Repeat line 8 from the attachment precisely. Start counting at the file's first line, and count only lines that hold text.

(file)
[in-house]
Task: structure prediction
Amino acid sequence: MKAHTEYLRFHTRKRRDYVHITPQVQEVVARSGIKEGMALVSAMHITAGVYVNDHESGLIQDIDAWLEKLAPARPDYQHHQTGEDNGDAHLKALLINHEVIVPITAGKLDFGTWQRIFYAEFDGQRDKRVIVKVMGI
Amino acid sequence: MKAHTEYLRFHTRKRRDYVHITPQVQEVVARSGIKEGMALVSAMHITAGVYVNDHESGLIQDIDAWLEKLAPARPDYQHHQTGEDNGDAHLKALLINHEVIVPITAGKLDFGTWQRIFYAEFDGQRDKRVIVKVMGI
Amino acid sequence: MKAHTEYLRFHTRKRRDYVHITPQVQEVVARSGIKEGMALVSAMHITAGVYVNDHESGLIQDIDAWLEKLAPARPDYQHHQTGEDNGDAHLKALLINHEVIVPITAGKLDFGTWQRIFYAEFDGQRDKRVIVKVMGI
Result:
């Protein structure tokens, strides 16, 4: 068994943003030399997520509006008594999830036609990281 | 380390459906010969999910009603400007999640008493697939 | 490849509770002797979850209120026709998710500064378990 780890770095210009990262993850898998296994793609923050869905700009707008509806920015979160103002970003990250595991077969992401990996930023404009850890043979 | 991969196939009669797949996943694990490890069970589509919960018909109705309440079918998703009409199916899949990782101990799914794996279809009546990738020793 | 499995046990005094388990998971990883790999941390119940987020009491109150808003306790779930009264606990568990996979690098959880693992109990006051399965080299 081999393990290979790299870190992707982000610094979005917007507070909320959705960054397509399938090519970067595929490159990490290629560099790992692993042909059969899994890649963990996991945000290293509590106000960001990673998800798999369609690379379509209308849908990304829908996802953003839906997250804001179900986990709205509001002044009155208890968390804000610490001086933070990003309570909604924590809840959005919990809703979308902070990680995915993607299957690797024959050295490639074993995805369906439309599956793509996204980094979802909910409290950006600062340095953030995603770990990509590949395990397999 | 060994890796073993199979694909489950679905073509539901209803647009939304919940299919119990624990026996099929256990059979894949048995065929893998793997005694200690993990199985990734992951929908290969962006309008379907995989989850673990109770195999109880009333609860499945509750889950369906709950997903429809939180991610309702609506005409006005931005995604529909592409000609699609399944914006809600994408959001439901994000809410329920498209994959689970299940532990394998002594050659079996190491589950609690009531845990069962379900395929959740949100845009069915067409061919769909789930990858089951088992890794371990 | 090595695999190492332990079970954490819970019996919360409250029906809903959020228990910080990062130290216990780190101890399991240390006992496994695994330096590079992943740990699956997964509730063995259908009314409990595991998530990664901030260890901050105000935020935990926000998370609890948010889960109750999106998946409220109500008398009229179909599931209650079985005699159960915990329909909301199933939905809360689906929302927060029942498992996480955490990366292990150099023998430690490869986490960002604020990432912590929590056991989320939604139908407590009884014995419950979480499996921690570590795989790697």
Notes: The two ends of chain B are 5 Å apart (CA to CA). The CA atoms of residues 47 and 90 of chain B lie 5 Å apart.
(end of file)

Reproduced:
Notes: The two ends of chain B are 5 Å apart (CA to CA). The CA atoms of residues 47 and 90 of chain B lie 5 Å apart.